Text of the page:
Republican Sen. Roy Blunt, a member of the party’s leadership, told CNN that leaders are trying to find a way forward that could potentially clear the path for a vote on the continuing resolution in the Senate tonight.
The House just passed a continuing resolution to fund the government through Feb. 18. It’s now up to the Senate to pass it before the threat of a government shutdown Friday at midnight.
“I am told they are trying,” Blunt said.
Blunt said nothing is locked in, but there is an active discussion to see if it would be possible to vote on a few amendments and the credit bill this evening, so that lawmakers could leave town for the weekend and avert a government shutdown.
Blunt said the two senators holding up this process are still demanding a vote on their amendment to defund Biden’s vaccine mandate on businesses at a 50-vote threshold, but Republicans don’t have 50 members here. In other words, the amendment would have virtually no chance of passing. It’s not clear Democrats would allow the amendment to come up even if it couldn’t pass.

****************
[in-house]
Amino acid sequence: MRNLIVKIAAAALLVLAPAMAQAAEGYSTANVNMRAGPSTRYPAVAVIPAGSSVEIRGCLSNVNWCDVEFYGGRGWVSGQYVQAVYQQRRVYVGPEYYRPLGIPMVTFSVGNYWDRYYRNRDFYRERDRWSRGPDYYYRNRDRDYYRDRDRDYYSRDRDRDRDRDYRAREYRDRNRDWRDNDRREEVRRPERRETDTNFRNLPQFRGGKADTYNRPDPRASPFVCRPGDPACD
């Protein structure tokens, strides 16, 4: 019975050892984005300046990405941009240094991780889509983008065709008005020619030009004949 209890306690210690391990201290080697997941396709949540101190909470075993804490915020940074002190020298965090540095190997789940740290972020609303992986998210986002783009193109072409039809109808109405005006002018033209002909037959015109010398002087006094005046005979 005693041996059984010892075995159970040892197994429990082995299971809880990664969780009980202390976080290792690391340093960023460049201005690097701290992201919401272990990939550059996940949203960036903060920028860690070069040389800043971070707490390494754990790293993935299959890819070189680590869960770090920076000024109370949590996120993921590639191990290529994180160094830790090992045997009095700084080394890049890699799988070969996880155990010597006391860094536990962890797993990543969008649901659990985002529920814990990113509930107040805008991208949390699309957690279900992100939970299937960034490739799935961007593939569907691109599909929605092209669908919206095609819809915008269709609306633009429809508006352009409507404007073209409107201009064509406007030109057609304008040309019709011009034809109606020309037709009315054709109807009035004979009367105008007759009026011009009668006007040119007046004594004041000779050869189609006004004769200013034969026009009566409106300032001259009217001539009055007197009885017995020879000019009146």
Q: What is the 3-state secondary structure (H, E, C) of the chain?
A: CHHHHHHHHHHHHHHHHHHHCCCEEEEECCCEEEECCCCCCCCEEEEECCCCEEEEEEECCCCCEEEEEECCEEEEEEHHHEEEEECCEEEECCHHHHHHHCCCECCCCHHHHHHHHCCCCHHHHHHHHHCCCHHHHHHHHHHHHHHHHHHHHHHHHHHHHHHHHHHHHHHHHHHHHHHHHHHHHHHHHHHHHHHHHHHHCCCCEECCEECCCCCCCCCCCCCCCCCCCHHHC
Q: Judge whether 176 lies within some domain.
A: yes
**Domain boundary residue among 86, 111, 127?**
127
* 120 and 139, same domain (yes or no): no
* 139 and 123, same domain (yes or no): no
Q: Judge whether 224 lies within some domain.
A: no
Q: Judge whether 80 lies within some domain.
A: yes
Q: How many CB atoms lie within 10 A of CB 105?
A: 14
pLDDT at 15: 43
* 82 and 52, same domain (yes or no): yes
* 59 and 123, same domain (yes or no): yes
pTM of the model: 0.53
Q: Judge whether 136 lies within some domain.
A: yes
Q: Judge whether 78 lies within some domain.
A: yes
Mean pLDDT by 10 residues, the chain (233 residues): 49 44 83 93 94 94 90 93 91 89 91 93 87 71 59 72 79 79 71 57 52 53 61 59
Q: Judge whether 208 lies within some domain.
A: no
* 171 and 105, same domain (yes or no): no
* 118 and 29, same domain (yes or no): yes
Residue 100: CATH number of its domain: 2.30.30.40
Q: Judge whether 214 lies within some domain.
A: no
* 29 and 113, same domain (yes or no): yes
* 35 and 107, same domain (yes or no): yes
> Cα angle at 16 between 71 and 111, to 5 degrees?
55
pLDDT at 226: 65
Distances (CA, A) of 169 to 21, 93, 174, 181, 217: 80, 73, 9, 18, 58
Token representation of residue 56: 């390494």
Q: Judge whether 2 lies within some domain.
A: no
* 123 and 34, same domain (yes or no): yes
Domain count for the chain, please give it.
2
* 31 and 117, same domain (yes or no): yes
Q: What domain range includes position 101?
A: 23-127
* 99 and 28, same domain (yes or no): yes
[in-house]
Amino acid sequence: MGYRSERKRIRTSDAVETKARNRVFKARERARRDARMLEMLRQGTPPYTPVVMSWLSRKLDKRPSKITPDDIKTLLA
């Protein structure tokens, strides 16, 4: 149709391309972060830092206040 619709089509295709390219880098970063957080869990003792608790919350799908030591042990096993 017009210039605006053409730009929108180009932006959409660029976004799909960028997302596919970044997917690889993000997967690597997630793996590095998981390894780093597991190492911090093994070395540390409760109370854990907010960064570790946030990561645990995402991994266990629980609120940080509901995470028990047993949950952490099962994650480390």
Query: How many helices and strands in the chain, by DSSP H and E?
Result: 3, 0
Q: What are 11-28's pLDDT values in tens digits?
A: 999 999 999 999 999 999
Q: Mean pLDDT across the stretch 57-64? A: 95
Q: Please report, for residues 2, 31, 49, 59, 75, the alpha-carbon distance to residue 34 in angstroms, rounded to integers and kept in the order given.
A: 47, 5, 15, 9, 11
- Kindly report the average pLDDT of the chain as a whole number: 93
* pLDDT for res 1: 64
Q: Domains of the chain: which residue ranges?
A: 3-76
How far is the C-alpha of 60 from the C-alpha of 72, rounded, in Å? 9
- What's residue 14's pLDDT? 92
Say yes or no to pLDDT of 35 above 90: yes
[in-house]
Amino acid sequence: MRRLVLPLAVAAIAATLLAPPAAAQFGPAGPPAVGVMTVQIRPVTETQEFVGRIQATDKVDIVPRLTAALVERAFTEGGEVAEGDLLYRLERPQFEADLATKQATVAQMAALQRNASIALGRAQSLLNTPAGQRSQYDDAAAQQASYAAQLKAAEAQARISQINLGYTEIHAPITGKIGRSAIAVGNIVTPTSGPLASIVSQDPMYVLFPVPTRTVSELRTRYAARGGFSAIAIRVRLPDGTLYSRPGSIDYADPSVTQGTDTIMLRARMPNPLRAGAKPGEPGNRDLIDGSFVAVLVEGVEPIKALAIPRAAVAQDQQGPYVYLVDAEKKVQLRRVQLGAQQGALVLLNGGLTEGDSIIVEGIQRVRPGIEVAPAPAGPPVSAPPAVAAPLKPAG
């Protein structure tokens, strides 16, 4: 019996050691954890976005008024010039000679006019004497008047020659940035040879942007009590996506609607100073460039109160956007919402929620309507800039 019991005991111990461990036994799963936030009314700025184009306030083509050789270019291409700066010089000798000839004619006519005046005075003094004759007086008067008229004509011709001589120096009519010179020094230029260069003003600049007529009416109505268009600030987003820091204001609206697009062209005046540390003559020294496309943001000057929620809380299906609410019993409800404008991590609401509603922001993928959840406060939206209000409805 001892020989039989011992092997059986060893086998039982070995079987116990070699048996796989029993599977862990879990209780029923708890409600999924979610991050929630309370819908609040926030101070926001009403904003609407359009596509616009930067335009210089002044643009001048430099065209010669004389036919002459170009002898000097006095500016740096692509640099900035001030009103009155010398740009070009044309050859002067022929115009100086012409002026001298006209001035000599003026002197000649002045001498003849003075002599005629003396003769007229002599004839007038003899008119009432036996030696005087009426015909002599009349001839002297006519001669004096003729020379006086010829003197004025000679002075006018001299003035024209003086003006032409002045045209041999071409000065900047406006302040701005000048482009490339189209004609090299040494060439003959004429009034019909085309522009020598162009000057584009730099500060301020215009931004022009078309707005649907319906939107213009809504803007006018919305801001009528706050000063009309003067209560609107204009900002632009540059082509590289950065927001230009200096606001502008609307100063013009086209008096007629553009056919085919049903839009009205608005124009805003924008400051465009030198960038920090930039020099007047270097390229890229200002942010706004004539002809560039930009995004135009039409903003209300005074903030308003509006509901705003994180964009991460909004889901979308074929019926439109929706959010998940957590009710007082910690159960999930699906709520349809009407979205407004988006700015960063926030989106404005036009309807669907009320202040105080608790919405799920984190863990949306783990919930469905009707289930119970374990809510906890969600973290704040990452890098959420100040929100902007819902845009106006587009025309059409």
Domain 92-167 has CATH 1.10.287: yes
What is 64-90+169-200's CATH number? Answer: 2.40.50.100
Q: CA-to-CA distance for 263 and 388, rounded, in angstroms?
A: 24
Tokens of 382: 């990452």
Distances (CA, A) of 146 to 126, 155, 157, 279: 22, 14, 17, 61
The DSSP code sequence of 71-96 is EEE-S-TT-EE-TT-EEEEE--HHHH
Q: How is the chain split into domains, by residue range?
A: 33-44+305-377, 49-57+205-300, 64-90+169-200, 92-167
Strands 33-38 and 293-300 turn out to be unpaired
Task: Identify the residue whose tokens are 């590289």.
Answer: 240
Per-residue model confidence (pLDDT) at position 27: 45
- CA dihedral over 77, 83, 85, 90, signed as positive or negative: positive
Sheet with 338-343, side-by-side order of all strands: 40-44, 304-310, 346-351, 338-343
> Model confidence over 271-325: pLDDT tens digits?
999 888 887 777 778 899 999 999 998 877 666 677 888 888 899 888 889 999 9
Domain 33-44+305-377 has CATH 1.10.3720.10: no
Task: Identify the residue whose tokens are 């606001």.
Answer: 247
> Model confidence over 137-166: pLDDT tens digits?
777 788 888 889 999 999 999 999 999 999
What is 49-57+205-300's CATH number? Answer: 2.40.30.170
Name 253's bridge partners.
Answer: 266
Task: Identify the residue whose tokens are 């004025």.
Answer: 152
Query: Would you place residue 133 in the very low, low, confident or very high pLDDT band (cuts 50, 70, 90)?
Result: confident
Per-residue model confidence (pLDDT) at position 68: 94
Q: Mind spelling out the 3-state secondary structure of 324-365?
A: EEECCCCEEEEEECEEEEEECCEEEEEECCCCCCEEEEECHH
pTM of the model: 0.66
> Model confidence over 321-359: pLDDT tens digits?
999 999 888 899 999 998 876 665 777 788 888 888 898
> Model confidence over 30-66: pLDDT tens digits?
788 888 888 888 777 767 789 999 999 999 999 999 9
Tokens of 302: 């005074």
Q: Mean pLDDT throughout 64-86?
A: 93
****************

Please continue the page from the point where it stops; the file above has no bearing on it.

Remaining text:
Other GOP senators are echoing Blunt’s comments that it is possible the Senate will vote tonight to keep the government funded.
Sen. Roger Marshall said he expects the Senate to vote tonight on the House-passed resolution along with a vote on his amendment to defund Biden’s vaccine mandate on businesses at a 50-vote threshold.
“I think we’re going to get our amendment at a 50-vote threshold and what the vote count is going to be, I think we’re still counting votes,” he said.
“I think it’s this evening,” he added, when asked if he thinks the Senate will vote tonight on the bill. “I think that’s why everyone’s sitting around and standing around here still.”
Sen. Ted Cruz said he thinks it looks promising for a vote this evening.
“I don’t think the details are finalized yet,” he said, noting he doesn’t know what the vote threshold for the vaccine amendment would be.
Three GOP senators were absent for the latest vote making it even harder for Republicans to get the simple majority that they would need to succeed.